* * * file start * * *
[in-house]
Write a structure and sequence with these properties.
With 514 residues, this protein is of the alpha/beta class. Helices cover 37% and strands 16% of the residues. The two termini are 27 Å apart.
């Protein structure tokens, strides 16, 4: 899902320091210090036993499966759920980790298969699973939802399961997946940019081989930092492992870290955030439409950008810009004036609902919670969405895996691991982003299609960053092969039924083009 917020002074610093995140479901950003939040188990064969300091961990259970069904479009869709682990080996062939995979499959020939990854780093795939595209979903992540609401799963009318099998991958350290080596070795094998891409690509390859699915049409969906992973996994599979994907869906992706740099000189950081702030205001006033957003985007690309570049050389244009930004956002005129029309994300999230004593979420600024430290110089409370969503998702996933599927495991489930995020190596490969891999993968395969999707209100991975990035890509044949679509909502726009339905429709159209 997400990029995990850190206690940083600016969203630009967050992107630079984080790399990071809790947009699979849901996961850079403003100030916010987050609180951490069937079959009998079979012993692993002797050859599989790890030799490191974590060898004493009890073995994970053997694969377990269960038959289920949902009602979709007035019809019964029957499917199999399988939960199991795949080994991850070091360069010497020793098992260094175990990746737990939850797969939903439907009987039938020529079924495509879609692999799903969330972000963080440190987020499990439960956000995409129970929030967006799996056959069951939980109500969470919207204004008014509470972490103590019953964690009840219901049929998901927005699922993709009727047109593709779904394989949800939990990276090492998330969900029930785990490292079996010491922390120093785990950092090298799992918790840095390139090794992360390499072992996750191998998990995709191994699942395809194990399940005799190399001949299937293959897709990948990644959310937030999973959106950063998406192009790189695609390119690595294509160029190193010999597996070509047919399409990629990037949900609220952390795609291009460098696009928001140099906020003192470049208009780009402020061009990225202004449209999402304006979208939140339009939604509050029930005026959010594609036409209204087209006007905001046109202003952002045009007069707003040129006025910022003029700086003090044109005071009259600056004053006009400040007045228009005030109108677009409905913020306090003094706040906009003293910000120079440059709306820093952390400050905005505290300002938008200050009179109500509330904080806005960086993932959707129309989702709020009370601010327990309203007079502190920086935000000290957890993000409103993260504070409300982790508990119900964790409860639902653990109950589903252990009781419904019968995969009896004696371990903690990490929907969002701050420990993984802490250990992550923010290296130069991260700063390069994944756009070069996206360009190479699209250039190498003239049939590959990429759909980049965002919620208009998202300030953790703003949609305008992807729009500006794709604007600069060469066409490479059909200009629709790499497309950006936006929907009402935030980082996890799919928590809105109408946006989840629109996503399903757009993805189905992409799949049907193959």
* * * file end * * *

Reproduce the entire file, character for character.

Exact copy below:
[in-house]
Write a structure and sequence with these properties.
With 514 residues, this protein is of the alpha/beta class. Helices cover 37% and strands 16% of the residues. The two termini are 27 Å apart.
């Protein structure tokens, strides 16, 4: 899902320091210090036993499966759920980790298969699973939802399961997946940019081989930092492992870290955030439409950008810009004036609902919670969405895996691991982003299609960053092969039924083009 917020002074610093995140479901950003939040188990064969300091961990259970069904479009869709682990080996062939995979499959020939990854780093795939595209979903992540609401799963009318099998991958350290080596070795094998891409690509390859699915049409969906992973996994599979994907869906992706740099000189950081702030205001006033957003985007690309570049050389244009930004956002005129029309994300999230004593979420600024430290110089409370969503998702996933599927495991489930995020190596490969891999993968395969999707209100991975990035890509044949679509909502726009339905429709159209 997400990029995990850190206690940083600016969203630009967050992107630079984080790399990071809790947009699979849901996961850079403003100030916010987050609180951490069937079959009998079979012993692993002797050859599989790890030799490191974590060898004493009890073995994970053997694969377990269960038959289920949902009602979709007035019809019964029957499917199999399988939960199991795949080994991850070091360069010497020793098992260094175990990746737990939850797969939903439907009987039938020529079924495509879609692999799903969330972000963080440190987020499990439960956000995409129970929030967006799996056959069951939980109500969470919207204004008014509470972490103590019953964690009840219901049929998901927005699922993709009727047109593709779904394989949800939990990276090492998330969900029930785990490292079996010491922390120093785990950092090298799992918790840095390139090794992360390499072992996750191998998990995709191994699942395809194990399940005799190399001949299937293959897709990948990644959310937030999973959106950063998406192009790189695609390119690595294509160029190193010999597996070509047919399409990629990037949900609220952390795609291009460098696009928001140099906020003192470049208009780009402020061009990225202004449209999402304006979208939140339009939604509050029930005026959010594609036409209204087209006007905001046109202003952002045009007069707003040129006025910022003029700086003090044109005071009259600056004053006009400040007045228009005030109108677009409905913020306090003094706040906009003293910000120079440059709306820093952390400050905005505290300002938008200050009179109500509330904080806005960086993932959707129309989702709020009370601010327990309203007079502190920086935000000290957890993000409103993260504070409300982790508990119900964790409860639902653990109950589903252990009781419904019968995969009896004696371990903690990490929907969002701050420990993984802490250990992550923010290296130069991260700063390069994944756009070069996206360009190479699209250039190498003239049939590959990429759909980049965002919620208009998202300030953790703003949609305008992807729009500006794709604007600069060469066409490479059909200009629709790499497309950006936006929907009402935030980082996890799919928590809105109408946006989840629109996503399903757009993805189905992409799949049907193959």